Are you looking to find the answer to ‘what is CMA?’ Great, then this article is for you!
You might be shocked by the overwhelming number of people who do not know what Certified Management Accounting is.
What’s the difference between CPA and CMA certifications?
What kind of CMA careers are out there, and what are the salaries like?
Are you a number cruncher destined for cubicle life?
The answer is no.
The CMA is one of the most dynamic and exciting accounting certifications out there (in my opinion!). Let’s dive into the question of what becoming a CMA entails.
Exactly what does a CMA do? What career opportunities does this certification open up?
I think you’ll be surprised!
Originally published on July 20, 2019, this article was updated and republished on Dec. 18, 2020.
What does CMA stand for?
CMA stands for Certified Management Accountant, which is a unique and growing professional credential with over 70,000 certified accountants.
Unlike CPAs (Certified Public Accountants), CMAs work in a management accounting capacity. Simply put, they are masters of critical decision-making in business. Masters who understand not just the “what” behind numbers, but the “why.”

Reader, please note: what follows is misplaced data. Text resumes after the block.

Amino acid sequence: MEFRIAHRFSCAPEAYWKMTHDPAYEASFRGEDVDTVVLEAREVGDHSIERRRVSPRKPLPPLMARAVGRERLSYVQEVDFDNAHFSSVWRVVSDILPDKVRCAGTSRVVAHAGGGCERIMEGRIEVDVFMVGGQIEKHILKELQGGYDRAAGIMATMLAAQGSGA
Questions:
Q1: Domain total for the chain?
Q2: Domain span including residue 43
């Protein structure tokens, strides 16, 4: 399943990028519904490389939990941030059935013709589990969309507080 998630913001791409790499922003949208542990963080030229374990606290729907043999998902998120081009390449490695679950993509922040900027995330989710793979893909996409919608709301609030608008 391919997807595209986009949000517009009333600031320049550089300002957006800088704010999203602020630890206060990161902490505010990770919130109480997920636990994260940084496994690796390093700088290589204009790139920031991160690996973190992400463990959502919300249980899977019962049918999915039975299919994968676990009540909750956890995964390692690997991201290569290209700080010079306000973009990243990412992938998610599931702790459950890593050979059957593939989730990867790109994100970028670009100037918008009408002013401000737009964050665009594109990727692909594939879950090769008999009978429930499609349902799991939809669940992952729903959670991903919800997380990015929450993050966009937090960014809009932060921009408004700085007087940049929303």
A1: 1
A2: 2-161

Unlike their CPA counterparts, the CMAs focus more on financial planning, decision support, analysis, analytics, and professional ethics.
What is a CMA?
A CMA is a highly qualified individual who can take on leadership positions in many kinds of businesses. On a day to day basis, people who have obtained a CMA certification may use their accounting expertise to make important decisions and drive business strategies.
Unlike public accounting—where CPAs focus heavily on compliance, taxes, or auditing—CMAs can work in consultative capacities and exercise leadership at high-level positions. As a finance expert, a CMA will have an important voice, be it in a boardroom or in regards to bookkeeping.